I discovered the blog of Mencius Moldbug when Patri linked to this post a few months ago. You should follow that link and also this one, Mencius is well worth your time. He is one of the freshest and most interesting writers on the web, though eccentric even by libertarian standards. His ideas are promising and deserve to be presented without the less palatable garnish of his acerbic writing style.
The most compelling idea in the sprawling Moldbuggian corpus is "neocameralism". Neocameralism is a close relative to Patri's theory of Dynamic Geography in that both are forms of practical market anarchism. Its reasoning is straightforward: If you believe that government should be given incentive to govern well, then modern democracy must be thrown out. Simply trying harder to elect better candidates will not fix the familiar structural problems of democracy, such as plundering special interest groups, ever-expanding bureaucracy, and election contests with the intellectual content of an American Idol finale. However, if you think that security service providers (AKA "governments") form geographic monopolies (500,000 years of human history provides good evidence for this), then the Rothbard/Hoppe/Friedman vision of anarcho-capitalism with a competitive market in security must also be set aside as a pipe dream.
Neocameralism, then, is statist anarchism. It envisions a world filled with small monopoly states run by for-profit corporations. Neocameralism addresses many of the shortcomings of democracy and anarchy. Moldbug defends it well:
To a neocameralist, a state is a business which owns a country. A state should be managed, like any other large business, by dividing logical ownership into negotiable shares, each of which yields a precise fraction of the state's profit. (A well-run state is very profitable.) Each share has one vote, and the shareholders elect a board, which hires and fires managers.
This business's customers are its residents. A profitably-managed neocameralist state will, like any business, serve its customers efficiently and effectively. Misgovernment equals mismanagement.
For example, a neocameralist state will work hard to keep any promise it makes to its residents. Not because some even more powerful authority forces it to, but because it is very pleasant and reassuring to live in a country where the government can be trusted, and it is scary and awful to live in a country where it can't. Since trust once broken takes a long time to rebuild, a state that breaks its own laws has just given its capital a substantial haircut. Its stock is almost certain to go down.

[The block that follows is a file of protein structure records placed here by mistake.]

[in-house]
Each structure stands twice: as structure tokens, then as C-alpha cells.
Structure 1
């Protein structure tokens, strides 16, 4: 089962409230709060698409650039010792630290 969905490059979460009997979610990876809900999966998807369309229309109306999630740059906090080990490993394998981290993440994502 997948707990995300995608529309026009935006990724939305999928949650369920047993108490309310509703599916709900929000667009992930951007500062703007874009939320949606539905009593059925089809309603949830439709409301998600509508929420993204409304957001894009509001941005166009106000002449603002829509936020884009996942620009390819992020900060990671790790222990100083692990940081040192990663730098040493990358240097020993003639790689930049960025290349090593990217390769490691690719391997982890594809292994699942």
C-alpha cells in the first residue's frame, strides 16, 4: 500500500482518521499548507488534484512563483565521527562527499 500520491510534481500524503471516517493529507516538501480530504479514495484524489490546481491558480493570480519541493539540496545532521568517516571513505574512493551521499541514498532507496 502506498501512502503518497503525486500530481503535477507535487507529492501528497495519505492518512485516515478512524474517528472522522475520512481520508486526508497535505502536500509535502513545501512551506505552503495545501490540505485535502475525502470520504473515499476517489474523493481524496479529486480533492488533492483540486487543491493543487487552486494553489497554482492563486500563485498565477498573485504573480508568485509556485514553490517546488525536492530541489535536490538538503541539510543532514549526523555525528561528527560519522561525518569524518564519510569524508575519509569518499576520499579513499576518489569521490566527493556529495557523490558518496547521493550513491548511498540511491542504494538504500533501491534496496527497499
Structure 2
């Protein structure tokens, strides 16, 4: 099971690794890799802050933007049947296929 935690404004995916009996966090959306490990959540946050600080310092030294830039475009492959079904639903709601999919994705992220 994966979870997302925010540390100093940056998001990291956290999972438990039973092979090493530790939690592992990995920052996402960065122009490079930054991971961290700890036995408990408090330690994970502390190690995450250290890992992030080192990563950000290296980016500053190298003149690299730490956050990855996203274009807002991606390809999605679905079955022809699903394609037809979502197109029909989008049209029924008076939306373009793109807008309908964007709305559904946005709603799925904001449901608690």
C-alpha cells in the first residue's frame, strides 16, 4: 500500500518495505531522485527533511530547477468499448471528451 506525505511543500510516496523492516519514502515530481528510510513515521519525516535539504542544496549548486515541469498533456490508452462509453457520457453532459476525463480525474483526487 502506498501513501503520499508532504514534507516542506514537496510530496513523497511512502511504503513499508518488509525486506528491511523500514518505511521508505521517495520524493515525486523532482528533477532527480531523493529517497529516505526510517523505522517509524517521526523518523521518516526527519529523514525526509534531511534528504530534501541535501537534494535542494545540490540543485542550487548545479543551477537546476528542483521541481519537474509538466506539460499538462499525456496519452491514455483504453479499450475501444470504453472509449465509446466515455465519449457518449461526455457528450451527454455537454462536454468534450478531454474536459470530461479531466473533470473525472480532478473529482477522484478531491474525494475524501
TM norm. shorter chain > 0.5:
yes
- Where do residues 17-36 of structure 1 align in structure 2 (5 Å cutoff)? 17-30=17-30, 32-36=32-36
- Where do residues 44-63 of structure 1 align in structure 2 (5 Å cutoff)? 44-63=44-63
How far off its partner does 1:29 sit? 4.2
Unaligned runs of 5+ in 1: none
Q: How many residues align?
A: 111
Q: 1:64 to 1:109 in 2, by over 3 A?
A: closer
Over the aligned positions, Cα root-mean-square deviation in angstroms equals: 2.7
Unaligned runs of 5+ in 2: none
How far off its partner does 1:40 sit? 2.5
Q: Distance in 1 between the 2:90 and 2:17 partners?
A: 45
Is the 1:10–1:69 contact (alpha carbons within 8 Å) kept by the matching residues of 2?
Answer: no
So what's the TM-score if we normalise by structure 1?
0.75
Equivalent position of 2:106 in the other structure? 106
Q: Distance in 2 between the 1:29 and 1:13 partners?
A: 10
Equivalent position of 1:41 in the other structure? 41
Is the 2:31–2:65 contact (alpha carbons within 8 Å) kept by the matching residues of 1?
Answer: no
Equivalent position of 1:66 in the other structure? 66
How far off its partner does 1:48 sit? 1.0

I am provisionally convinced that a neocameralist world is likely to be more libertarian and better-governed than a world run by universal suffrage democracy. For-profit states are likely to follow libertarian economic policies, since those policies tend to create prosperous and interesting places to live. Conversely, socialism is an expensive program that attracts the indigent, not exactly prime clientèle if you are trying to turn a buck. Culturally, I expect a neocameralist world to be a patchwork of diverse burbclaves ranging from a straitlaced, caffeine-free Mormonville to a hedonistic New San Francisco. While not every state will be cosmotarian friendly, each person will have the freedom to choose where to live, presuming they meet the residence requirements of their preferred state. That sounds fair enough to me.
More importantly, my initial impression is that the logic is tight. Neocameralism seems stable and practical, or at least more so than Rothbardian anarcho-capitalism.
There are certainly difficulties with neocameralism. Transitioning to a neocameralist world is the first hurdle that springs to mind. Moldbug never clearly spells out a plausible strategy for getting from here to there. Then there is the minor matter of how shareholders in the government will keep the management under control when management presumably has all the guns. After all, in a democracy corporate shareholders can ask the government to enforce contractual obligations when management shirks its duties. Hopefully you see the problem that occurs with this model when management runs the government. Moldbug offers some technological solutions to this problem that are interesting but unsatisfying.
Still, Moldbug gives me hope that a libertarian future might be practical, which is valuable as the libertarian movement doesn't exactly have a surplus of hope. In a world that has gone through the FDR presidency, I don't see how anyone can cling to the hope that libertarianism might be achieved through a constitutional democracy. I came back from Mises University an anarchist convert, but I have since strayed from the faith due to doubts about its practicality. The arguments for dynamic geography are well-considered, but it abandons the 25% of the world's surface that humanity has historically lived on to sclerotic statism. Also, it is going to entail significant startup costs.
IANAM, (I am not a Moldbuggite), but Mencius, consider me intrigued.